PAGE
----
Some people call it a tonka-toaster. We always called them pudgy pies, presumably because eating them in great quantities makes us pudgy, hobbits that we are. There! The secret's out! They can be savory or sweet, but the classic pudgy pie is filled with marshmallows and pie filling.
A good pudgy pie can only be made in a cast iron clam-shell cooker. Aluminum or steel will not work just as well. We've tried. We only have one pudgy pie maker, and don't know where to get another one. Maybe I shouldn't advertise!
-butter two slices of soft bread. Whole wheat will work great, so long as it's soft.
-Lay a slice, butter side down on one half of the pudgy pie maker.
-Spoon on fillings.
Fruit is great. Depending on how gooey you want it, add sugar or brown sugar if it's fresh fruit rather than pie filling. Chunky jam will work if it's on hand. Maybe a dollop of butter or a marshmallow, one big or several mini mallows.
Other combos: Chocolate and marshmallows
or Chocolate and peanut butter
Peanut Butter and Bananas.
Chocolate and dried cherries, Dried fruits, nuts, cream cheeses, etc...
The fillings are quite personal.
Savory Pudgy Pies:
Eggs: it may be best to cook the eggs and meats or anything that really needs cooking, not just heating up, before assembling the pudgy pie, especially for pudgy pie newbies. Eggs of course like bacon, ham, cheese, sausage, broccolli, peppers, mushrooms, onions, though I doubt all the above would fit in a single pie!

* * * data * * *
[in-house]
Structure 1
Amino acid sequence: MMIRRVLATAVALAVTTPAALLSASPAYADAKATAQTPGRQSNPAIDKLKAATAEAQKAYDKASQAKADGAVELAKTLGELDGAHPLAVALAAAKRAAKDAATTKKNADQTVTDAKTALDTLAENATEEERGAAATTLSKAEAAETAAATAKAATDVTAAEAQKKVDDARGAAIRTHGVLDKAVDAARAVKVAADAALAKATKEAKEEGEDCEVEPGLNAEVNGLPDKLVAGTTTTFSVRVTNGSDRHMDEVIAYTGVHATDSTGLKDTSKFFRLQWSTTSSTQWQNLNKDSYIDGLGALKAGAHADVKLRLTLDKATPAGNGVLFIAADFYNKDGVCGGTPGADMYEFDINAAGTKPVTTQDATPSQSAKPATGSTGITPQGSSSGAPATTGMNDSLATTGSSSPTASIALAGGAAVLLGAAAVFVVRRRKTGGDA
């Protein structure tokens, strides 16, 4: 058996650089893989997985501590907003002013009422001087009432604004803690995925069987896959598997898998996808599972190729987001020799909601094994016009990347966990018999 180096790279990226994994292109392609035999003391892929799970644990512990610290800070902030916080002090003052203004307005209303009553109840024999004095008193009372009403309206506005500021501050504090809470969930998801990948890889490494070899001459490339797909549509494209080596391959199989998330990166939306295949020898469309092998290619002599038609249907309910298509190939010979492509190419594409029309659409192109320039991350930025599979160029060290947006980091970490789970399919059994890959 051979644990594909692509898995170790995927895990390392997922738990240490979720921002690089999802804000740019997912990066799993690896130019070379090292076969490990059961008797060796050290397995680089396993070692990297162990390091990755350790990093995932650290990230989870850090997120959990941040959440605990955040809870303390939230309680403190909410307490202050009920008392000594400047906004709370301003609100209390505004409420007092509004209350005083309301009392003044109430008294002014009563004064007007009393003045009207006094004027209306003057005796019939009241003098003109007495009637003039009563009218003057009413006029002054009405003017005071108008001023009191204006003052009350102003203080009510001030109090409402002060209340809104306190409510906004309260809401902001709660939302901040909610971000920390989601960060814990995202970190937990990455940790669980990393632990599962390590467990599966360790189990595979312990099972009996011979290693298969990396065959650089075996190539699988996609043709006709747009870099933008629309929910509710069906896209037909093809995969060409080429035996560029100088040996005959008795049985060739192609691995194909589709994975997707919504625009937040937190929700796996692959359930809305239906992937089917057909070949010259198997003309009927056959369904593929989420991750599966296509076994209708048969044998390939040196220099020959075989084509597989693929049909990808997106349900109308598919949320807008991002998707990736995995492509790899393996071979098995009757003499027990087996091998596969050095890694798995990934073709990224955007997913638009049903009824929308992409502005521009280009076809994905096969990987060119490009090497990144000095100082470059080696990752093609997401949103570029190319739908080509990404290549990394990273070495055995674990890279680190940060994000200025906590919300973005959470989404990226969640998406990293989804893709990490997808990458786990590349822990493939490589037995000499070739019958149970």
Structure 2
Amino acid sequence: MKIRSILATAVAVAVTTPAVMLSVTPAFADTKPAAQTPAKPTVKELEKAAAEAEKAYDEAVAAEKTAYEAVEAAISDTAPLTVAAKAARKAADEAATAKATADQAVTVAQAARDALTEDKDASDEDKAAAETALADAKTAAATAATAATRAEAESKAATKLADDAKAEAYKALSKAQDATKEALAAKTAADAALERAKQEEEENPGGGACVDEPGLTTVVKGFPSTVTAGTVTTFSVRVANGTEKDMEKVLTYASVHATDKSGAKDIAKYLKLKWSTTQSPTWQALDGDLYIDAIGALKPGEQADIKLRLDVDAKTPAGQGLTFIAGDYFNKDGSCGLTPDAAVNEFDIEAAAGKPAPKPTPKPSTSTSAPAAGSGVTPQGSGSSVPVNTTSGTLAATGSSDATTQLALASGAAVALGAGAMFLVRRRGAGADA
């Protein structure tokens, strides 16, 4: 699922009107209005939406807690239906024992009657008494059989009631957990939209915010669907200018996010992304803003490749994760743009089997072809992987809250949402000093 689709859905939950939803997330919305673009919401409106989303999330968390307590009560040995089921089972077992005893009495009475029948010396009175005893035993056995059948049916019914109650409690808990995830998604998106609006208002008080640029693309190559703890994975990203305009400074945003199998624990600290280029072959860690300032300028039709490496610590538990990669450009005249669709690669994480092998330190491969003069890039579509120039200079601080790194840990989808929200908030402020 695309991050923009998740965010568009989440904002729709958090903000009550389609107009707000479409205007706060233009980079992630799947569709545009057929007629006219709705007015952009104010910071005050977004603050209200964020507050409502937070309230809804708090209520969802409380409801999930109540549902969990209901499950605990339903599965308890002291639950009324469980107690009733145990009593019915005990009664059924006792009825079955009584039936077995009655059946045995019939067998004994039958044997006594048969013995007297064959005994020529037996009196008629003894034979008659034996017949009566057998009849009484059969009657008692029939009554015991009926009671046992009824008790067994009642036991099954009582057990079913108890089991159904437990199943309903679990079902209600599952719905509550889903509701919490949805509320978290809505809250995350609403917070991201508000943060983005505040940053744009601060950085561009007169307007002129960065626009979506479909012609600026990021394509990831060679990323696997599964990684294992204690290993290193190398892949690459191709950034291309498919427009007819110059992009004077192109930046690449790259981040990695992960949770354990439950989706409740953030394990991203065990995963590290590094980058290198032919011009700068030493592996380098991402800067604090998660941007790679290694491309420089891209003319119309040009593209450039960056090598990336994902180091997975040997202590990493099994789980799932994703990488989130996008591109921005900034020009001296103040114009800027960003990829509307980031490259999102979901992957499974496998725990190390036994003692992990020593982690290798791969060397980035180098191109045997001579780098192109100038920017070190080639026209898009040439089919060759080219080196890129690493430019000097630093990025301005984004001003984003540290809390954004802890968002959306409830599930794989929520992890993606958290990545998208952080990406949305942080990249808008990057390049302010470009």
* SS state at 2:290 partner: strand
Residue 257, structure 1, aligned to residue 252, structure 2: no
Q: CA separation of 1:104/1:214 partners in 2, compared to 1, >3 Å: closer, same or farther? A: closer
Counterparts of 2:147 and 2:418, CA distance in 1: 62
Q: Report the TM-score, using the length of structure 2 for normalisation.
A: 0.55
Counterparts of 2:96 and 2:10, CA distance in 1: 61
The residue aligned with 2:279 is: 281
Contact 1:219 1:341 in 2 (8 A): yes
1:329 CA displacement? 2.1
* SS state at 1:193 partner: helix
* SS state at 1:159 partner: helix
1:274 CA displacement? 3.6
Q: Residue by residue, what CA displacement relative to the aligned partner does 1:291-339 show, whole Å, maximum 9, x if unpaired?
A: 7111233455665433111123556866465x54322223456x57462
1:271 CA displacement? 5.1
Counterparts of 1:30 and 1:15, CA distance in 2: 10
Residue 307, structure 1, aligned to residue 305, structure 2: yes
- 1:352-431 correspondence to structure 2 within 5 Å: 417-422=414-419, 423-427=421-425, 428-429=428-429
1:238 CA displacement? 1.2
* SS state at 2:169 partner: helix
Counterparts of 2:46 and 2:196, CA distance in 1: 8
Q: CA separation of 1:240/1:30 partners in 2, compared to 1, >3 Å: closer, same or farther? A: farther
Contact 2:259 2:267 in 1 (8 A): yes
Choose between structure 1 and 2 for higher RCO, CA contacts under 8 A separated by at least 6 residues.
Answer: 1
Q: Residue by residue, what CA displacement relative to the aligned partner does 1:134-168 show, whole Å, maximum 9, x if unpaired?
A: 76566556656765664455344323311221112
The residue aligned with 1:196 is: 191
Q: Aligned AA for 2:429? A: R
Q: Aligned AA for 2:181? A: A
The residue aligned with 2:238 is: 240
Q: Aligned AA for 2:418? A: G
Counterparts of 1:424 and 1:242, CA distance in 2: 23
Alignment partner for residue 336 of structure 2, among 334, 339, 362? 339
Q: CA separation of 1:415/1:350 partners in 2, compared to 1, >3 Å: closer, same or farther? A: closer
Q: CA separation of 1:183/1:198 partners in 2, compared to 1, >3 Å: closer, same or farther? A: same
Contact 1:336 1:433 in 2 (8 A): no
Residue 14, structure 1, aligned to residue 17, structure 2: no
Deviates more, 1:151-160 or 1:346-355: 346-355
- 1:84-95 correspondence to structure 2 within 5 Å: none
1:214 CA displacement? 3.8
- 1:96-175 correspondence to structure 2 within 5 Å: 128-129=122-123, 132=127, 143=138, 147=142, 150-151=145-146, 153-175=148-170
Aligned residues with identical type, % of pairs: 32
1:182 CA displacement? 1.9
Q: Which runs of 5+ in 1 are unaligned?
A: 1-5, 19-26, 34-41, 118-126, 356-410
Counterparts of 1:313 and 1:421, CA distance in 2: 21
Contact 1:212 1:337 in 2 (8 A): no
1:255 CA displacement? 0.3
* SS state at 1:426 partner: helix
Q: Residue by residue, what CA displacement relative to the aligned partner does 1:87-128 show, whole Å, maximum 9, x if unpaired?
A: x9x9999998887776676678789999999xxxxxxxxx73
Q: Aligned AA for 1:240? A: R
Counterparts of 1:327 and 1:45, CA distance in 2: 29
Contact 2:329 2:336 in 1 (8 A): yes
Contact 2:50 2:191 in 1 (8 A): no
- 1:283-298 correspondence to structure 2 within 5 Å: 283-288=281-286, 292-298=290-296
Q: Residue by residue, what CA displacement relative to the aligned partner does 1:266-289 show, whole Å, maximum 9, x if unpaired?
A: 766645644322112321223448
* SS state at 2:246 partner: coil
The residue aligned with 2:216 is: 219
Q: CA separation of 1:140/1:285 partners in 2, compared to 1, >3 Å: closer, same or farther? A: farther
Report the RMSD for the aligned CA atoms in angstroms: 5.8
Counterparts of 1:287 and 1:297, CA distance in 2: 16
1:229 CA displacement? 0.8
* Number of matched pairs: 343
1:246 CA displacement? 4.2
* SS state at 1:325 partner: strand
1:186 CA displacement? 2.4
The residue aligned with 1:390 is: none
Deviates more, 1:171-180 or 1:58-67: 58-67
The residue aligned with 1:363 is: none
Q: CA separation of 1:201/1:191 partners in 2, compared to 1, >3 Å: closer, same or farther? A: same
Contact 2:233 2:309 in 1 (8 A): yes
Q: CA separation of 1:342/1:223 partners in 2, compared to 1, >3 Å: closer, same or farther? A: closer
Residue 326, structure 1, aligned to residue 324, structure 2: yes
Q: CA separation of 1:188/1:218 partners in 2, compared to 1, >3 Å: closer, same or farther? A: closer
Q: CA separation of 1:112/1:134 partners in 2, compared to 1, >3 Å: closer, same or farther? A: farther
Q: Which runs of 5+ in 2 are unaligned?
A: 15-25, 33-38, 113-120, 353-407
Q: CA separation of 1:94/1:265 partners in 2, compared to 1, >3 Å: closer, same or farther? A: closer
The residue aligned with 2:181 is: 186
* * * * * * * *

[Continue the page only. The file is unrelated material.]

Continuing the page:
Potatoes, gravies, meats, you get the picture.
So, we've put in the fillings; enough to fill the pie but hopefully not so much it oozes out all over the place, unless you're into blackened food.
-Now we put the other slice of bread on top of the pile, butter side up like a grilled cheese sandwich.
-Close the clam-shell cooker, clamp it shut
-and set it right on top of a nice bed of coals.
-Flip over every 15 seconds several times and check for doneness. We like our pudgy pies dark golden brown.
The art of the pudgy pie is in getting the insides melted and gooey while the crust is golden brown. The common failing is the filling being cool while the crust is blackened. This especially happens if the pudgy pie is cooked over hot flames instead of hot coals. Coals, I think, cook much better, but the inclination is to put it in the dancing flames. We wait to cook them until the fire has a nice bed of coals, and rearrange things a bit so there's a good place for roasting.
The most difficult part of pudgy pies is waiting until they cool off a bit before devouring them. We eat these at the cabin, where we're ravenous from hiking around all day, so it helps if they come as a dessert course, which also makes time for a nice fire full of glowing coals, but we like them so much they are often the main attraction. I usually burn my tongue on the first one. Watch out!